So that’s the background for OPTION RIGHT 1.0 pre-crowdsourcing: prep school, football, and the politics of war.
My readers rode to the rescue. Some said they would not change a thing in my short story, but the rest—including two fiction writers and one political pundit—proffered advice I put to immediate use.
“The football coaches come across to me as caricatures,” wrote one reader kind enough to comment. “Stoney is a dolt. Mr. Wright is a right-wing nutjob. I suppose that’s the extent of how most kids see coaches, but I think you’re going for more than that.”
A second said: “I would tone down Mr. Wright’s political speech. Keep it, but just tone it down a bit to make it more natural and believable.”
In their wisdom these readers hit the nail on the head: the problem with the story was the head coaches—and their politics.
In OPTION RIGHT 1.0 Stoney is indeed a dolt, based on a real coach who was not the sharpest tool in the shed; in 2.0 I based him on another teacher, known as “Rock,” who did in fact teach theology and talk about sex like he invented it at an all-boys school where no one knew better.
(Ironically, the fictional name Stoney preceded this switch, so maybe I had Rock in mind all along.)
With Stoney in a better place as a character, my readers forced me to look at the bigger problem of Mr. Wright, the head football coach at my fictional Kent Abbey. In 1.0, he teaches a history class about the Maginot Line in France during World War I; in 2.0, he is now teaching American History, specifically a class on the Vietnam War, where his son is fighting as a Green Beret. That adjustment was driven by something dire that happens to his son before the big game against Valley Episcopal, a scene that marries the war to a prep school football game.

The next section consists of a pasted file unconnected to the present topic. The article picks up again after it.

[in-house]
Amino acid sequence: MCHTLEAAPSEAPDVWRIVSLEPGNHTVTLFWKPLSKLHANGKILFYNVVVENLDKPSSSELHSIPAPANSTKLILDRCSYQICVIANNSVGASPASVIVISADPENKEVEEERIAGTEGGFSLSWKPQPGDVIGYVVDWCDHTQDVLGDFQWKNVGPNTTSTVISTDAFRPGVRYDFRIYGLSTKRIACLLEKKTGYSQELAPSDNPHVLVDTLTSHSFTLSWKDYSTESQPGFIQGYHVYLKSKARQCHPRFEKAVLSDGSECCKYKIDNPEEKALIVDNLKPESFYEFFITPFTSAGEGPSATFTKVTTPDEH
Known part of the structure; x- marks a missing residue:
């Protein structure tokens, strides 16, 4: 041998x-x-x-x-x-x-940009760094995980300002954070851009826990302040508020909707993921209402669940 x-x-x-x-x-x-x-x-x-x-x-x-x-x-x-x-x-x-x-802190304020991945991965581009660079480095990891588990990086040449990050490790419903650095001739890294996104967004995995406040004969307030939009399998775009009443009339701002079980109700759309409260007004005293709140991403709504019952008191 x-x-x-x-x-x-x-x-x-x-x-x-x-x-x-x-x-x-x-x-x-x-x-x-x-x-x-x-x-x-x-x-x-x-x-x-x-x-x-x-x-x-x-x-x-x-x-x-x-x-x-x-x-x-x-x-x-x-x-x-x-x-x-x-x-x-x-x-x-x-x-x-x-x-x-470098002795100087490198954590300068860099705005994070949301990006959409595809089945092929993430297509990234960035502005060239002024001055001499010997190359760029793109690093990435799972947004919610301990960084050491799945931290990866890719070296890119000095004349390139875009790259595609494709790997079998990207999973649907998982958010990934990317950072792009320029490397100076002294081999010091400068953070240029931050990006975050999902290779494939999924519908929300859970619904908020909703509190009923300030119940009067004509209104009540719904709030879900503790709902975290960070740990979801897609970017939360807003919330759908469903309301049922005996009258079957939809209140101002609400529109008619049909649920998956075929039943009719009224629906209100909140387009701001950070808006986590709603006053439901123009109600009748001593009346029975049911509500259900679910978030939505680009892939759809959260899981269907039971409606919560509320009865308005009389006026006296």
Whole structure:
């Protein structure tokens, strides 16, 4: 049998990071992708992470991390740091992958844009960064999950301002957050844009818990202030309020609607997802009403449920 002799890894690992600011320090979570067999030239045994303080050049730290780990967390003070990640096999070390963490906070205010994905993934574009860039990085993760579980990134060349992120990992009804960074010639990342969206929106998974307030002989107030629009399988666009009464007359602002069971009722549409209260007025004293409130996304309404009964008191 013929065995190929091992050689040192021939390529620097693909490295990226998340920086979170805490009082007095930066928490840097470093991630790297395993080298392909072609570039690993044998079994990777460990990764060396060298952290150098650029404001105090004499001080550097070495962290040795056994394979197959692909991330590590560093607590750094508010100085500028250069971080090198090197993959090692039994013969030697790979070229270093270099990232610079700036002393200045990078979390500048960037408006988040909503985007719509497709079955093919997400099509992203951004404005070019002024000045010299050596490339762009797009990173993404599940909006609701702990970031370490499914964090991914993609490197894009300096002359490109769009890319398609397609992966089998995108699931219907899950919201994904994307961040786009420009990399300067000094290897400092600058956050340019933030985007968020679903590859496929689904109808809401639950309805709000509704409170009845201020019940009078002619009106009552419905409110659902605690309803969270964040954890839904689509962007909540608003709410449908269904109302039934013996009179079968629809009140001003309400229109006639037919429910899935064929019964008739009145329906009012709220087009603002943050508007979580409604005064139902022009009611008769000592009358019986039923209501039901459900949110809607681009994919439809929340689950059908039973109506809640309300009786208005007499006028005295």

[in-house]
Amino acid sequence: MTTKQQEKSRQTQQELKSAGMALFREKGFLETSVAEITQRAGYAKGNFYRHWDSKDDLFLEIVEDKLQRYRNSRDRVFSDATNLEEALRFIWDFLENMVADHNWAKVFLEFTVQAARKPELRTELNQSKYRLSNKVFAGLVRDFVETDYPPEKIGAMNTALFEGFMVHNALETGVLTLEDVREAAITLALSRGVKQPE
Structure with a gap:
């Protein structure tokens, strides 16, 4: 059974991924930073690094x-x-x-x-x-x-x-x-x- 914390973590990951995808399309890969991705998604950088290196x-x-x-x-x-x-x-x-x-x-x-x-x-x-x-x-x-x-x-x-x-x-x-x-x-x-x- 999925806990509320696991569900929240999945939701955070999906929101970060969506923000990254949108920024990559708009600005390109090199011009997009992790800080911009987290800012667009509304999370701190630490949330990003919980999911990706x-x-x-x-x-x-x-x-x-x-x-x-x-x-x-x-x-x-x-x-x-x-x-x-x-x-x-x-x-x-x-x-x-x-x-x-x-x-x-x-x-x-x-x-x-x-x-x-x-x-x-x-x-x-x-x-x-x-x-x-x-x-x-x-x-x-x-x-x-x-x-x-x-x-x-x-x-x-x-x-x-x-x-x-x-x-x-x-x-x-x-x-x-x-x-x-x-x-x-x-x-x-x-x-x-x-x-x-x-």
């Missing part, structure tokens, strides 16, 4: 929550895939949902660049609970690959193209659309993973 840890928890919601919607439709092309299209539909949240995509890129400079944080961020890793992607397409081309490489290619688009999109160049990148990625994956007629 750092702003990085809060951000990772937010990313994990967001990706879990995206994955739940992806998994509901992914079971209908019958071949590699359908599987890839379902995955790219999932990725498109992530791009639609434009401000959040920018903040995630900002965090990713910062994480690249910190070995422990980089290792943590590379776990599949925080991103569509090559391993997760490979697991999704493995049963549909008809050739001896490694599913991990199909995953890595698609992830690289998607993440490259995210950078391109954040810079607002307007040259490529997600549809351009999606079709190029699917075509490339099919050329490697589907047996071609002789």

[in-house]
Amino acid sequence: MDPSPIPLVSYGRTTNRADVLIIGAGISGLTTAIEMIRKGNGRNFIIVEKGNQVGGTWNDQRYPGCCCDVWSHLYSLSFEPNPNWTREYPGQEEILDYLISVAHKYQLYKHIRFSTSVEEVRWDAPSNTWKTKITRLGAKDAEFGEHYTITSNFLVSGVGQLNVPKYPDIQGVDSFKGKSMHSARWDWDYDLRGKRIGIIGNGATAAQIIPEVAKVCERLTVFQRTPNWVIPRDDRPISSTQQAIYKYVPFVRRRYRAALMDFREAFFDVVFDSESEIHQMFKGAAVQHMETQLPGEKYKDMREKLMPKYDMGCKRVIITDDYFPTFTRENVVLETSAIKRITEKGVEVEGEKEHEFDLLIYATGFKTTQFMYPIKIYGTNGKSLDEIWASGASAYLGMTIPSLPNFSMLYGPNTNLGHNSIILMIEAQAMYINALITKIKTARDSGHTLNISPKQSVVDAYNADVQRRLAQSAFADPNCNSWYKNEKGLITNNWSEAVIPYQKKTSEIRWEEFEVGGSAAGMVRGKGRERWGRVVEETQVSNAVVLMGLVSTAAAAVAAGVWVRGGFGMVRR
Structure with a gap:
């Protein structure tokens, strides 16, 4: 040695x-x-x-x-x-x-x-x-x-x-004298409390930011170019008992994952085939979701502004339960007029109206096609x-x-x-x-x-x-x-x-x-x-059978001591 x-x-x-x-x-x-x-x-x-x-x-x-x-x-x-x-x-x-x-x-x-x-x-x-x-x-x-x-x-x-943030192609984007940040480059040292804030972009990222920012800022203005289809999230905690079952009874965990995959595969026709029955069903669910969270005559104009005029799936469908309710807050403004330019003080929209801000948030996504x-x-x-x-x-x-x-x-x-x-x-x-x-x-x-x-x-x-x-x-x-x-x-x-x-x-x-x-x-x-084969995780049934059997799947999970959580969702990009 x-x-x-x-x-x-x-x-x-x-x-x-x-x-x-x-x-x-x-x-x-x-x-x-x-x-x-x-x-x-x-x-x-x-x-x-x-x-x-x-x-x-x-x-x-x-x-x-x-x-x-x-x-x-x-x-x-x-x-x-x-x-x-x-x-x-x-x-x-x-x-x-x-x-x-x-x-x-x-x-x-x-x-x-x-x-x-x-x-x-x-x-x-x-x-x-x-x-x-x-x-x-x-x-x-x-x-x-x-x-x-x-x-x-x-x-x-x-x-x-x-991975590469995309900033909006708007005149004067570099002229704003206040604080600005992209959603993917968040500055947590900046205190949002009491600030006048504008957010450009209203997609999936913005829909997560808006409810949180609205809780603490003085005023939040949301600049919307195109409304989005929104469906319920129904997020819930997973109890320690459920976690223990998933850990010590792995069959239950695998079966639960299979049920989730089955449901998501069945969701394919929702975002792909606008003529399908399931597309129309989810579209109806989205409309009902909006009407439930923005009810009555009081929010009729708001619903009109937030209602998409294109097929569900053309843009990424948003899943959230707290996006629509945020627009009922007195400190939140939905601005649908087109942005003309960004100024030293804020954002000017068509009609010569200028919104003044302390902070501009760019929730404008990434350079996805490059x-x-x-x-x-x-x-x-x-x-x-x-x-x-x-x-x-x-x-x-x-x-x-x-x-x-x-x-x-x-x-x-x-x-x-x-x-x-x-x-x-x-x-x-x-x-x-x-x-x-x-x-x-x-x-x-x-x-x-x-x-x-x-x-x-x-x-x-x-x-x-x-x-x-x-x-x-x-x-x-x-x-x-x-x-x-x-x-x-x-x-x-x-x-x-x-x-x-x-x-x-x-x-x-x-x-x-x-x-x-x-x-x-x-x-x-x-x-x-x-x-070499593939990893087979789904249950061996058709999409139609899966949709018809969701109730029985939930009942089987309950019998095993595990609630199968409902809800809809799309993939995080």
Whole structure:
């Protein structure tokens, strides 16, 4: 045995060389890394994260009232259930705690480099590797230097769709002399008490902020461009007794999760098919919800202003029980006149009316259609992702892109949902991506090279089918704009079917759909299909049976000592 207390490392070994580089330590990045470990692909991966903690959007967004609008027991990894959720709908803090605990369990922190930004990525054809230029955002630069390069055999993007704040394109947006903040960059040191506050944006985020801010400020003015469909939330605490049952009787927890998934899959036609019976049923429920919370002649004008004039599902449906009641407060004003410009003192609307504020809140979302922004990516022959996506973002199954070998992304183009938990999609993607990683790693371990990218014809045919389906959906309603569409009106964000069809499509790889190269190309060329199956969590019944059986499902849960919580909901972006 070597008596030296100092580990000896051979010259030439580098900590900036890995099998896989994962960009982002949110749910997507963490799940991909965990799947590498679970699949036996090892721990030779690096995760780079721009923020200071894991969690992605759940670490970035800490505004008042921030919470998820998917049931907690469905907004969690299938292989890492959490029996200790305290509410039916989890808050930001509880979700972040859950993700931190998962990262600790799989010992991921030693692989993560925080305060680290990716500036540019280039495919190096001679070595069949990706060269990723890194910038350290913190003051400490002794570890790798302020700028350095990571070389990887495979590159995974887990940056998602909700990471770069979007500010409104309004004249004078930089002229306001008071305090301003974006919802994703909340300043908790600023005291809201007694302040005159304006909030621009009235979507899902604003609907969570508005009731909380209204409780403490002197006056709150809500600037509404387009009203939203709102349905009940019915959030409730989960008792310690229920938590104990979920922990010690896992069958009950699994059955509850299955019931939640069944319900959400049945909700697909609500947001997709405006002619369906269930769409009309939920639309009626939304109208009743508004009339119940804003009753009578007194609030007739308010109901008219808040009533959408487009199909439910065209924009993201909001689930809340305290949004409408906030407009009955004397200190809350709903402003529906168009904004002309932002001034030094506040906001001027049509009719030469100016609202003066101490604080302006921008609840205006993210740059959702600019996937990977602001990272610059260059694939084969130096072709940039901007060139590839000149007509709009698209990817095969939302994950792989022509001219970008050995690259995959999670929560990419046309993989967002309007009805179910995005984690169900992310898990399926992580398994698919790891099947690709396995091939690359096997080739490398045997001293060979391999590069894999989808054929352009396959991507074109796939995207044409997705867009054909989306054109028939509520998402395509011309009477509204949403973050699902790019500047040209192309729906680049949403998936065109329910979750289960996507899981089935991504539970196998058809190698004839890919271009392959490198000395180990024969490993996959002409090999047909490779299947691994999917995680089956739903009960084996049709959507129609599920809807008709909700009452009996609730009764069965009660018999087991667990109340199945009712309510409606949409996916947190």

Thanks to these readers, I’m close to the goal line, with the nose of the ball at the one-yard line. But I’d welcome any more suggestions on all of the above. With you help, OPTION RIGHT 2.0 is better than I ever thought it could be. It may not take a village to write a short story, but it sure helps to have a crowd.